Sunday, January 2, 2011

Low Impact Development– Policy Memo

Summary of Problems
              On 14 July 2010, a flood struck Somerville, inundating public safety buildings, two schools, and the Central Library with raw sewage and rainwater; it caused 10 million dollars of damage (Byrne 2010). Yet, it was not the only flood this year. Most parts of our sewage system date back a century ago, when Somerville still had plenty of natural lands for rainwater infiltration. Today, with 78% of impervious surface, this city has become one of the most heavily urbanized cities in the U.S.; our stormwater infrastructure has been long overwhelmed. The combined sewer overflow (CSO) problem, which directly exposes people to sewage, is threatening our public health and safety. We have to take action now.
              There are several alternatives. If we are not concerned of cost, we can make extensive expansion of our sewer capacity, which is likely to be a several-hundred-million project[1]. We can also carry out a bunch of small sewer separation projects as we did in Baffle Manhole Separation project, which cost us about $400,000 but proved trivial effectiveness (Massachusetts Water Resources Authority 2009). I propose that we spend money more wisely by investing on the more resilient Low Impact Development (LID) practices to fight flood from its source – the 78% impervious surface.
              LID is a set of environmental sensitive design techniques that can maintain or replicate the pre-development hydrologic condition through mimicking the previous hydrologic landscape (US EPA 2000). Common practices of LID include bioretention facilities, grass swales or channels, vegetated roofs, rain barrels and permeable pavements[2].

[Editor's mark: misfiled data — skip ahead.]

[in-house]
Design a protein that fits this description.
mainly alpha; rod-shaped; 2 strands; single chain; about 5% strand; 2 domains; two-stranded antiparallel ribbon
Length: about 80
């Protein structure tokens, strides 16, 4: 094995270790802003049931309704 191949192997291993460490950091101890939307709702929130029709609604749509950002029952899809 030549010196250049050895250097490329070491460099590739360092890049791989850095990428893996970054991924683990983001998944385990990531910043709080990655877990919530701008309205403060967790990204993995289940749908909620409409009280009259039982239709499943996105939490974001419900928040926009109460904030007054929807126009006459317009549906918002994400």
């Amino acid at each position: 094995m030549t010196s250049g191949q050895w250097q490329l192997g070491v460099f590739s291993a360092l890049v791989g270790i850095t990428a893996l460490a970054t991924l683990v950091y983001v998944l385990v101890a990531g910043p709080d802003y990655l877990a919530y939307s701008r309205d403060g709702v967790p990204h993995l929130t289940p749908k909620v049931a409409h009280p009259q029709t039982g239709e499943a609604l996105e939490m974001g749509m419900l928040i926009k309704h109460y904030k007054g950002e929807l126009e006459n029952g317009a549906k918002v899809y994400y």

It has been demonstrated that LID practices can lead to a resilient stormwater system to prevent floods and CSO (US EPA 2007). They can also improve the water quality of the receiving water body, the Mystic River, by reducing pollutant loadings and stream channel degradation[3]. Additionally, US Environmental Protection Agency (EPA) conducted a cost analysis and found 11 out of 12 projects cost less than conventional stormwater management practices, with savings ranging from 15% to 76% (US EPA 2007). Therefore, I propose the following policies to promote wide adoption of LID in Somerville.
Revision of Zoning Ordinances and Making Bylaws of LID
              The current zoning ordinances of Somerville restrict the development of LID. For example, stormwater connection, minimum road width, and minimum parking spaces are mandated in Article 5, 8, 9, respectively (City of Somerville 2010). These articles deter developers and other municipal departments who intend to implement LID practices. Therefore, the first thing we need to do is to thoroughly review our zoning ordinances and modify articles that restrict the adoption of LID practices.
              Furthermore, we can write separate stormwater bylaws incorporating LID designs to further reduce the perceived risks developers face from uncertainty. When writing bylaws to regulate LID, it is preferable to use flexible performance-based standards rather than precise prescriptive ones. For example, a bylaw that requires restoration of pre-development hydrology works better than a specific rule that mandates the use of green roof, because they provide more flexible choices for developers, while achieving the same results (Stone 2001, p 289). To assure long-term effectiveness of LID features, maintenance requirements should also be included in bylaws.